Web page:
Instead of trying to get a concept patent approved, or the patent of an idea, it is important to change your concept into an invention. This is because it is not possible to patent an idea. A patent is only suitable for a functional invention or method of doing something. Patents are permitted by the U.S. Patent and Trademark Office to prevent others from creating or selling a particular invention in the U.S. for a restricted amount of time.

What is Patentable?

According to the Patent Act, four types of inventions are suitable for patents: procedures, manufactures (e.g. manufactured items), and compositions of substance (e.g. a chemical makeup). For an idea to be patentable, it needs to fall under one or more of these classifications. However, there are a lot of ideas that do not come into any of these groupings. For example:

  • A law of nature (e.g. for each action, there is an identical or reverse reaction).
  • A rule of human behavior (e.g. people within a particular demographic usually purchase the same things).
  • A biological hypothesis (taking certain supplements makes people healthier).
  • A religion or philosophy.


In addition, an invention must be practical and new. An invention is considered new if that invention has not been seen or used previously. The more straightforward and common an invention is, the less likely it is to be regarded as new.

The meaning of “practical” or “useful” is not as easy to describe. In relation to patent law, “useful” does not refer to the practicality of an invention or concept, but instead, it means that the invention has one or more exact use and preferably a use that is clearly defined.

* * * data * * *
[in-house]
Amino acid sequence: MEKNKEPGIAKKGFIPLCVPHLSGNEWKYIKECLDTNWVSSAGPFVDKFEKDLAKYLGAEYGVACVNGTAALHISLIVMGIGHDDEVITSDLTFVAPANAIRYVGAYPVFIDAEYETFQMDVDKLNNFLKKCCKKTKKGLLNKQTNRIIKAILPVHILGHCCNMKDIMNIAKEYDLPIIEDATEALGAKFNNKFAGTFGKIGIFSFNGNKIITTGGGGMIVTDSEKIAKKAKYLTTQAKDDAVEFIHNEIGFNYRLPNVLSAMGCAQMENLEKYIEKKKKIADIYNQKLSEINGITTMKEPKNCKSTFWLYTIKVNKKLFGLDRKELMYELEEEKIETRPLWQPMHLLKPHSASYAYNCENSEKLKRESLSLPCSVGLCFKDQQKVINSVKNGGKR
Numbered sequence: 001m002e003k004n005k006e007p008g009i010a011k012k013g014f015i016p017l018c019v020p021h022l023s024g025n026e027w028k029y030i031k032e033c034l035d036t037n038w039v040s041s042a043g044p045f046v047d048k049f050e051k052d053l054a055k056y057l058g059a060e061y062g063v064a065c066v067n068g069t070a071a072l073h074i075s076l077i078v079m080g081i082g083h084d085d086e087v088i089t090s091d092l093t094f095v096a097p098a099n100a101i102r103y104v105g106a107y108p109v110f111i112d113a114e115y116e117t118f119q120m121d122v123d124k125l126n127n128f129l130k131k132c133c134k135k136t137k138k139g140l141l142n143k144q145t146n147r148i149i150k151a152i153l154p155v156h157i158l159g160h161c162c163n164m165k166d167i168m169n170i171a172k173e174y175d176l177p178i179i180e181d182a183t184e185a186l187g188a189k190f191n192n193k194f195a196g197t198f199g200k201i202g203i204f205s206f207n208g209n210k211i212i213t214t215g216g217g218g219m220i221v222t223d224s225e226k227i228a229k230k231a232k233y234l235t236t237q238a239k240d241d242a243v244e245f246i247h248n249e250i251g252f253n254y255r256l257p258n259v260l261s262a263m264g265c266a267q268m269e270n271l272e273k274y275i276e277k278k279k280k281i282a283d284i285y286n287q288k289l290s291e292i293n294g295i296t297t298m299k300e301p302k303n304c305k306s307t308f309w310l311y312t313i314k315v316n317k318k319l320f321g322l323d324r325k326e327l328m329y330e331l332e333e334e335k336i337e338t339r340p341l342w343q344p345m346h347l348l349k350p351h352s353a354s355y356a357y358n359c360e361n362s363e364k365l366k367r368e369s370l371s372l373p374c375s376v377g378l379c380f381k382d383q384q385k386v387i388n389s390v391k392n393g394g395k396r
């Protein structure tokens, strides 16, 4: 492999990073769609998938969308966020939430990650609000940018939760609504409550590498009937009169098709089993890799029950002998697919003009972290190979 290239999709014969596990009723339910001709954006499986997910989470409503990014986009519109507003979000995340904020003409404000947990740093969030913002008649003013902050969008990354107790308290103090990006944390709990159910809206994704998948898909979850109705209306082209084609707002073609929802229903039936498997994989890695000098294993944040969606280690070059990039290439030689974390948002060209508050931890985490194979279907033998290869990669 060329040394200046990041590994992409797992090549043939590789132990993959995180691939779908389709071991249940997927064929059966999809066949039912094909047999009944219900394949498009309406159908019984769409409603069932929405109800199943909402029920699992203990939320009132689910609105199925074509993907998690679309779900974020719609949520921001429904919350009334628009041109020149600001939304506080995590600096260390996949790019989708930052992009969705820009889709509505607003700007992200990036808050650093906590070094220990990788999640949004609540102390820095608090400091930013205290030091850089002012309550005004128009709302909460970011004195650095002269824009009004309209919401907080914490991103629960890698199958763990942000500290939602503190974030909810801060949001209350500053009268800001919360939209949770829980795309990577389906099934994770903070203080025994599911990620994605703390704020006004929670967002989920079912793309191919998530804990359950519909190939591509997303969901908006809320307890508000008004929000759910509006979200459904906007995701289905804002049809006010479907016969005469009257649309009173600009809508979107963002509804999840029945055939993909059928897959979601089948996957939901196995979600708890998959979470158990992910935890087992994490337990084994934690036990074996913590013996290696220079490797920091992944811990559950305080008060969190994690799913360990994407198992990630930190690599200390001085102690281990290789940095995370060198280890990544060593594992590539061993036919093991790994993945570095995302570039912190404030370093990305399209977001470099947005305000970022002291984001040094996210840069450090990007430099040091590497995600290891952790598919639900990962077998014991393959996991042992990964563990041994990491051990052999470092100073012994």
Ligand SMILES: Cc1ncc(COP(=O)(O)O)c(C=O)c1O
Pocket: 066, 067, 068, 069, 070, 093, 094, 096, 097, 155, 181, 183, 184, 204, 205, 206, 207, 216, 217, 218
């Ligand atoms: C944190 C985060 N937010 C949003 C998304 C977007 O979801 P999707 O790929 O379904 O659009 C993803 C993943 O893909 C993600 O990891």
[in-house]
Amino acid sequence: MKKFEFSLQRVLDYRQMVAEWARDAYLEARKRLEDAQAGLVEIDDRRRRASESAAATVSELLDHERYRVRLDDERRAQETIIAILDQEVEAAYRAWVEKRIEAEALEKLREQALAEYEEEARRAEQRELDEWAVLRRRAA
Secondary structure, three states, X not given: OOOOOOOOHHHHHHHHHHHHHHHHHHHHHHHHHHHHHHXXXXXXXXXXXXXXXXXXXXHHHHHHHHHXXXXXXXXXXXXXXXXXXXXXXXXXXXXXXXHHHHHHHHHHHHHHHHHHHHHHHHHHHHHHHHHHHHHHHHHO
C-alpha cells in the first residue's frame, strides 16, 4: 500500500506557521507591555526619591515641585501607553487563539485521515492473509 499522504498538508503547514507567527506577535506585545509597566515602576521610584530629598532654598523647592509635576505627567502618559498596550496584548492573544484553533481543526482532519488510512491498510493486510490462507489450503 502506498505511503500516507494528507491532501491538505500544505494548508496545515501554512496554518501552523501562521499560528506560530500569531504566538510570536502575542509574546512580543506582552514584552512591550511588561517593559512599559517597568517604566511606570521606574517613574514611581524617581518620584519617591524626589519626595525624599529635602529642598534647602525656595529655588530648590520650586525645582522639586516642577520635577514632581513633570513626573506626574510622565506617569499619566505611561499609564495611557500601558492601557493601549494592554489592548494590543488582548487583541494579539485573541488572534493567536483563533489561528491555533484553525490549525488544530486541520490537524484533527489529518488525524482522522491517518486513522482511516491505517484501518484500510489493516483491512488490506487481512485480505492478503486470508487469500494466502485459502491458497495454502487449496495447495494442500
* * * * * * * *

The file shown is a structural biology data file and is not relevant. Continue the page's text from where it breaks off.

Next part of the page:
What is Required in a Patent Document?

  • The Patent Act mandates that a patent needs to provide a written explanation of how to create and use the relevant invention.
  • This explanation needs to contain enough information so that anyone who is technically able in the area of the invention could build and use the invention.
  • The patent must also describe the best way, as examined by the inventor, of creating the invention.
  • This means that a patent must list a minimum of one solid, practical implementation and application of the invention – the best implementation and application that the inventor can come up with when patenting.
  • If an invention is just a simple idea, it is not solid enough to be patented.
  • Preferably, the patent will show as many implementations and applications of the idea as possible.
  • Regardless of what you might have heard, there is no successful way to defend an idea.

Can Concepts Be Protected?

Copyrights defend expression, while patents safeguard creations, but neither defend ideas. In terms of both, the concept is the first crucial move. However, without a recognizable representation of the concept, it is not possible to acquire intellectual property security or any unique rights. This is not to say that you should quit at the idea stage, but you should continue to develop your concept until it is solid enough to exist as more than what a judge would refer to as just an idea.

The main lesson to take away is that concepts cannot be safeguarded, so it is necessary to consider them in terms of invention. If you feel you can't get out of the concept stage, don't give up. A lot of inventors find themselves stuck in the concept phase every now and then. So if you find yourself there, just know that others have been in the same position. Many individuals will have good ideas, but what separates those who profit from their ideas from those who cannot is a strategy to flesh out the concept enough so that it can become an asset.

Protecting Your Idea

  • In the U.S., it is not necessary to build a prototype before putting in a patent application.
  • You will only need to be able to explain the invention so that others could potentially create and use that invention.
  • Therefore, although you will need a recognizable representation, you can begin by demonstrating your idea on paper.
  • If you get some assistance, you might even be able to flesh it out more than you assumed.
  • Contacting a professional with expertise in 3D modeling or illustrating may help bring your idea to life.

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